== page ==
FYI ONLY >> Non-Operational (at least directly)
SEAN at SDG.DRA.COM
Tue Apr 13 21:40:01 UTC 1999
>It does not ease the situation WHEN your bits transit one provider's
>backbone (whom you chose to assure redundancy) does ultimately receive
>transit (at times such transit is not for long distances..) from a yet
>another whose infrastructure is now effected. I am not suggesting however,
>that is the case here.. AT&T is investigating. :)
Yeah, that's one reason why I stopped including the name of the carrier
in most fiber cuts. It was getting too hard to tell who was who with
all the swapping, leasing, sub-leasing, etc. Cable&Wireless is paying
Level 3 $670 million for pieces of its fiber. GTE/BBN paid Qwest a ton
for pieces of its fiber. AT&T, Sprint, MCI/Worldcom fiber overlaps so
much its hard to tell them apart in some places. Qwest and IXC keep
digging up other people's fiber, which would indicate their new fiber is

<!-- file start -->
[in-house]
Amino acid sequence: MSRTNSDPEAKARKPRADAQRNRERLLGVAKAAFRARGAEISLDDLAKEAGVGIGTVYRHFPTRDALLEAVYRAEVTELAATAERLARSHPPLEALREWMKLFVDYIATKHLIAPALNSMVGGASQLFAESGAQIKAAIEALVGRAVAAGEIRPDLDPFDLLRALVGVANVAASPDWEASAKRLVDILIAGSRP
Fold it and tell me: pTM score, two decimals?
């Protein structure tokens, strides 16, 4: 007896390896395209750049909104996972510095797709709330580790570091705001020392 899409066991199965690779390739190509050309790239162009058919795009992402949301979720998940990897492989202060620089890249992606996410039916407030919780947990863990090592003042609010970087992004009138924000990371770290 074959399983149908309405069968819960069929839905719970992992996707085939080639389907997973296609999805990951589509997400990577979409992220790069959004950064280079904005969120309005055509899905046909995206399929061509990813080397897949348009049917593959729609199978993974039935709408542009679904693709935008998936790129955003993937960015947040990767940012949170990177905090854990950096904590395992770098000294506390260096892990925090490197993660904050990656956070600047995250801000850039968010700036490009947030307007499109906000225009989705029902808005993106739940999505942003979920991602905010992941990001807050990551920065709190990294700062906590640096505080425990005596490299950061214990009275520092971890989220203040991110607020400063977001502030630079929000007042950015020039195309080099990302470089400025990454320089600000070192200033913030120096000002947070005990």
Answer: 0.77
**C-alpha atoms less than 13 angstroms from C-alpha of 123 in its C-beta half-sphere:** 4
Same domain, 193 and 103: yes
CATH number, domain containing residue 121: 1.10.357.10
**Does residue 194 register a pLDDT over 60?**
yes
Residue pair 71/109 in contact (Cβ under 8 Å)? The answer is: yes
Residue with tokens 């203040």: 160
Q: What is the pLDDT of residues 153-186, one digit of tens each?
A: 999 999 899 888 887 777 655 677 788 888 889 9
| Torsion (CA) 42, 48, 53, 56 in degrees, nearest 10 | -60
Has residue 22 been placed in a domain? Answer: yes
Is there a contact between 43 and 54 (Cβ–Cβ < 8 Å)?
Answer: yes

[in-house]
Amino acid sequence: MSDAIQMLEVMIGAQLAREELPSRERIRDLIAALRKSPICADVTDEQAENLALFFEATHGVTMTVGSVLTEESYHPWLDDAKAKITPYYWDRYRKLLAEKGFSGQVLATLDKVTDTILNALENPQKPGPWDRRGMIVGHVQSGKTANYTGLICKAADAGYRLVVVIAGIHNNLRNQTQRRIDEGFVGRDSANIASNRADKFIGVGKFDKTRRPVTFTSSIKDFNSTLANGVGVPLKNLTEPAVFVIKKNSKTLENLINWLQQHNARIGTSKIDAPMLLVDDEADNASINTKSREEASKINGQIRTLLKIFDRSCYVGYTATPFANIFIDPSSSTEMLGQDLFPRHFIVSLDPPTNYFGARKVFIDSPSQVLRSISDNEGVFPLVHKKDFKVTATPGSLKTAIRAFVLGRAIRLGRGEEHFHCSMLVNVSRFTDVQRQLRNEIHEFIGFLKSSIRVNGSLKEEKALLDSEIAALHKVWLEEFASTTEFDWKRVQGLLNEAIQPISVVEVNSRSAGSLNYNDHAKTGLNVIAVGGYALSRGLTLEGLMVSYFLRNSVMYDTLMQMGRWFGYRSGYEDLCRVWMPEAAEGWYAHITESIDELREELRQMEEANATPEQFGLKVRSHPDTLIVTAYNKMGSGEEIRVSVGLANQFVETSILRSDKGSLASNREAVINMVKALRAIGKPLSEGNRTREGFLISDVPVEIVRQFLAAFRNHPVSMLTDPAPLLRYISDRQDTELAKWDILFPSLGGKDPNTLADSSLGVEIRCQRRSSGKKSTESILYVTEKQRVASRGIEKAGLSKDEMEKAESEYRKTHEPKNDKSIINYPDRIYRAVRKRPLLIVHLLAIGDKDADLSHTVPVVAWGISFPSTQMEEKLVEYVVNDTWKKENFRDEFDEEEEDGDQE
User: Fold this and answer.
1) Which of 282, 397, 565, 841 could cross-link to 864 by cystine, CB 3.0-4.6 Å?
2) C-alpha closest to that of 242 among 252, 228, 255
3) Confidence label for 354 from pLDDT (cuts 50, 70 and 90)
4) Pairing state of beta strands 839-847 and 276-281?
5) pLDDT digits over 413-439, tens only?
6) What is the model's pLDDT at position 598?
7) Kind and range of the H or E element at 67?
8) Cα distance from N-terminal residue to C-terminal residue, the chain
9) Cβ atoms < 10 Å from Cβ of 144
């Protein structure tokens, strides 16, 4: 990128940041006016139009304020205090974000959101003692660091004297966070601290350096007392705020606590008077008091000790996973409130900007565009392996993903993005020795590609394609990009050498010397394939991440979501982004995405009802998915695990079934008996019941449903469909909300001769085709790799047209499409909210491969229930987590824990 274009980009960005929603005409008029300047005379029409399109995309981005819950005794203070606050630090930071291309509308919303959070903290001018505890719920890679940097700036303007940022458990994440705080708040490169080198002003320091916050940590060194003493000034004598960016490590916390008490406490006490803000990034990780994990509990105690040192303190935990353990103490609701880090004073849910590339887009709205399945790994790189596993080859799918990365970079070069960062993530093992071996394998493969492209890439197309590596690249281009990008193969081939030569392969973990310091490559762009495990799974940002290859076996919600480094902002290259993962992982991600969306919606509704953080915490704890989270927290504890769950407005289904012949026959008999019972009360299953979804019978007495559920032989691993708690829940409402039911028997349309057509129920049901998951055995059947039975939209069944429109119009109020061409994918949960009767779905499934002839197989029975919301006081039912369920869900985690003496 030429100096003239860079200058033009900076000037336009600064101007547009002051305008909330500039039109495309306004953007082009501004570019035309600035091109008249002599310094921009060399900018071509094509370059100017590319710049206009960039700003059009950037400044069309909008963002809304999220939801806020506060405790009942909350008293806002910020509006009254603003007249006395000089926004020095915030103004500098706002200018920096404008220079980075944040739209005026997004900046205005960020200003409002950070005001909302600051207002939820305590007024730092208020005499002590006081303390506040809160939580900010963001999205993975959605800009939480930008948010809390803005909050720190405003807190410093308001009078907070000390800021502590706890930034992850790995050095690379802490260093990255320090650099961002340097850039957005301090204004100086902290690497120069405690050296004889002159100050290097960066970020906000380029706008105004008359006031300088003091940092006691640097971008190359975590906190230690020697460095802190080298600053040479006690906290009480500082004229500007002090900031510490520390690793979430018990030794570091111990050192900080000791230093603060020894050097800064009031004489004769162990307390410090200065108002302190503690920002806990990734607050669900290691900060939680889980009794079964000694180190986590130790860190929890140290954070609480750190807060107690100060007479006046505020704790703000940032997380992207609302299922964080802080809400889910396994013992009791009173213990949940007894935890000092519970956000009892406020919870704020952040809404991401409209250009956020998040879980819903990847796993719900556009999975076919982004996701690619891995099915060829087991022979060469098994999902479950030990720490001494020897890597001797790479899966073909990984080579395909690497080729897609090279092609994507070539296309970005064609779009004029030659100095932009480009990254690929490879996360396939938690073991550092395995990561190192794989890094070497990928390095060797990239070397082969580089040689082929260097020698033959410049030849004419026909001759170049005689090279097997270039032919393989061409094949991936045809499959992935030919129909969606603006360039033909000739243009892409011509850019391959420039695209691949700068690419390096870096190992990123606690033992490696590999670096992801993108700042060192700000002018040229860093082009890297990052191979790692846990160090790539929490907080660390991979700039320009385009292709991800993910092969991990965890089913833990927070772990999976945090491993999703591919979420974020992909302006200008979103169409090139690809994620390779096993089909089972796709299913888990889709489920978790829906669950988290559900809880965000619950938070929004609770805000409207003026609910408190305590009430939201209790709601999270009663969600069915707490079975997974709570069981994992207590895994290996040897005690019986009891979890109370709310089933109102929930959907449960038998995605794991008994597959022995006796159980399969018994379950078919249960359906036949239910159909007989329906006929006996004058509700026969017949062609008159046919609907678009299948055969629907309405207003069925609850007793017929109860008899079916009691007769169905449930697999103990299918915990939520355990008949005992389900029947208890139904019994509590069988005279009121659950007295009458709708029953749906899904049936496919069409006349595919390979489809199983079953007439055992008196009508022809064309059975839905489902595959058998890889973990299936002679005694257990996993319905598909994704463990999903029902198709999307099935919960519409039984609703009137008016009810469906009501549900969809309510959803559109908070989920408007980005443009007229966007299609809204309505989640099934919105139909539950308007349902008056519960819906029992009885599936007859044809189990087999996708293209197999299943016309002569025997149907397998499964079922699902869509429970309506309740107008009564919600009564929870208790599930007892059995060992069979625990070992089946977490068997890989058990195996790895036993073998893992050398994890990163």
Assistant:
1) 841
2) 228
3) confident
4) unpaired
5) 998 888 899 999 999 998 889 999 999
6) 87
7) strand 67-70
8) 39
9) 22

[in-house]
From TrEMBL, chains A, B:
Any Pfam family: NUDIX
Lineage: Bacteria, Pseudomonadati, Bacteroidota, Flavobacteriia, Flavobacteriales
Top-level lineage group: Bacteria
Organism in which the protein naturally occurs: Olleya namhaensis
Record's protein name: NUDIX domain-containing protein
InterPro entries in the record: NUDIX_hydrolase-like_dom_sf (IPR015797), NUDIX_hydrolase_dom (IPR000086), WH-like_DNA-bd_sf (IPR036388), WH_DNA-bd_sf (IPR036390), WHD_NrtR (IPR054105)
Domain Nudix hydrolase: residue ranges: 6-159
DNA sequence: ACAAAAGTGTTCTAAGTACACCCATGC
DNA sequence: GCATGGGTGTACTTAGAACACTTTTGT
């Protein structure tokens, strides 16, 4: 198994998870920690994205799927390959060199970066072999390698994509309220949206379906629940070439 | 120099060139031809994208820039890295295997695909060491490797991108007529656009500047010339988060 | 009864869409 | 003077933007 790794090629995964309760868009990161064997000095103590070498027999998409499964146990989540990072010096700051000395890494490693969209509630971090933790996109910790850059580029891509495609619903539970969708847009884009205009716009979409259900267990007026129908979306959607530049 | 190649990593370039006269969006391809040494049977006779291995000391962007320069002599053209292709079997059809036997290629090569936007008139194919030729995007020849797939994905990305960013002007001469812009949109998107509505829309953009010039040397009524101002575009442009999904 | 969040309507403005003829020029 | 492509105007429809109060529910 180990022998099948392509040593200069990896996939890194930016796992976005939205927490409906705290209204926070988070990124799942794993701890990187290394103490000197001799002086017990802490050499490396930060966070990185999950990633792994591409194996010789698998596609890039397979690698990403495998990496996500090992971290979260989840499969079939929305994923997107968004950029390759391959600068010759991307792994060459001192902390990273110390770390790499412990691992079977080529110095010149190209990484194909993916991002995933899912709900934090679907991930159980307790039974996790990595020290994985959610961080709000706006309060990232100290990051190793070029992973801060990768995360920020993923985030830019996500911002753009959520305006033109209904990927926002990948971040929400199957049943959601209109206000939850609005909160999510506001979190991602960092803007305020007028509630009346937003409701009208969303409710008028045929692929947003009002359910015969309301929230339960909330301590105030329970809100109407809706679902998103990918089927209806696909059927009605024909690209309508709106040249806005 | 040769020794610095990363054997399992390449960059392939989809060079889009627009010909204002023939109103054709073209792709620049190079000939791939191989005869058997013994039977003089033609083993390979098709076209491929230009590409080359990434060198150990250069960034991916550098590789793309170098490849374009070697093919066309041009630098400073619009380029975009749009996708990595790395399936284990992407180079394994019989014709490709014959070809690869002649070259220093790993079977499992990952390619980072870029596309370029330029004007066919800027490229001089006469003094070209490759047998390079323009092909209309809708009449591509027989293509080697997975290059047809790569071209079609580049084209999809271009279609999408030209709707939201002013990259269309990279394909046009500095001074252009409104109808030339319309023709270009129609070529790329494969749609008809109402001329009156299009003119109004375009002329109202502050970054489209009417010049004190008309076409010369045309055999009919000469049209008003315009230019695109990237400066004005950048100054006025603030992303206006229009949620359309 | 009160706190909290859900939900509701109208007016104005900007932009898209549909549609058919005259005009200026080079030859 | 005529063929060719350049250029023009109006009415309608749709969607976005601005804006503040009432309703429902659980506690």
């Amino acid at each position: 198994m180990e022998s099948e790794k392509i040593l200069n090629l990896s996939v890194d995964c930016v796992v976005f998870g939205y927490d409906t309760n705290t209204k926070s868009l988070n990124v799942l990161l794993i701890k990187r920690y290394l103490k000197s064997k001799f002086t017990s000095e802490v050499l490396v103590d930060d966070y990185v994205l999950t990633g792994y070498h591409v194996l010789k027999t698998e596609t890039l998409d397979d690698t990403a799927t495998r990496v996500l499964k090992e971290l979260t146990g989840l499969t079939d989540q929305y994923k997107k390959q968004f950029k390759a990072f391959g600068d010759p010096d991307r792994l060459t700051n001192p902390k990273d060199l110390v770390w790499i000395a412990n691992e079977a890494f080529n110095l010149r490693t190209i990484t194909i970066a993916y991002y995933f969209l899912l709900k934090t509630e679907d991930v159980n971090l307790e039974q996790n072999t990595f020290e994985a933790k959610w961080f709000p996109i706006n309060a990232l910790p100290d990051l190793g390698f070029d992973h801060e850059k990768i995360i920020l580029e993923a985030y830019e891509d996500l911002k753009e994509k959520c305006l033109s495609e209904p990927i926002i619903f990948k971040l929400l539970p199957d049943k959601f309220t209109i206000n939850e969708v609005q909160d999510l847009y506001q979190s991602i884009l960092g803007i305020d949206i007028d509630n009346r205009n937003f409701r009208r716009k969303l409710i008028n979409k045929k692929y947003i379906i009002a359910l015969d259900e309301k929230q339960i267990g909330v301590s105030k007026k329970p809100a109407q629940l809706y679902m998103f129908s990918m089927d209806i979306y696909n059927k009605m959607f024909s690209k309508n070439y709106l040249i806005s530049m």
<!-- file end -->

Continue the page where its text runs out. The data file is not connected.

being placed very close to other fiber. The non-facilities based carriers
sometimes do better if they can guess which carriers have non-overlapping
facilities, and buy from multiple physical facilities. But its not uncommon
to see a dozen large ISPs have problems when someone trashes an interesting
SONET ring somewhere, like Herndon/Mclean this morning.
All the good right-of-ways are already taken. Heck, last year I was on
some beautiful Caribbean islands with populations less than 100 people. We
found both a backhoe and a cut telephone cable on them.
In ten years (I ordered my first circuit in 1989), I've never gotten a
good, coherent answer why any of my diversely, redundent circuits were
both out-of-service at the same time due to the same event. Lots of
credits, lots of apologies, but never a straight answer why something
that should never happen, modulo the end of the world, happened.
Good luck on AT&T's investigation....
Sean Donelan, Data Research Associates, Inc, St. Louis, MO
Affiliation given for identification not representation
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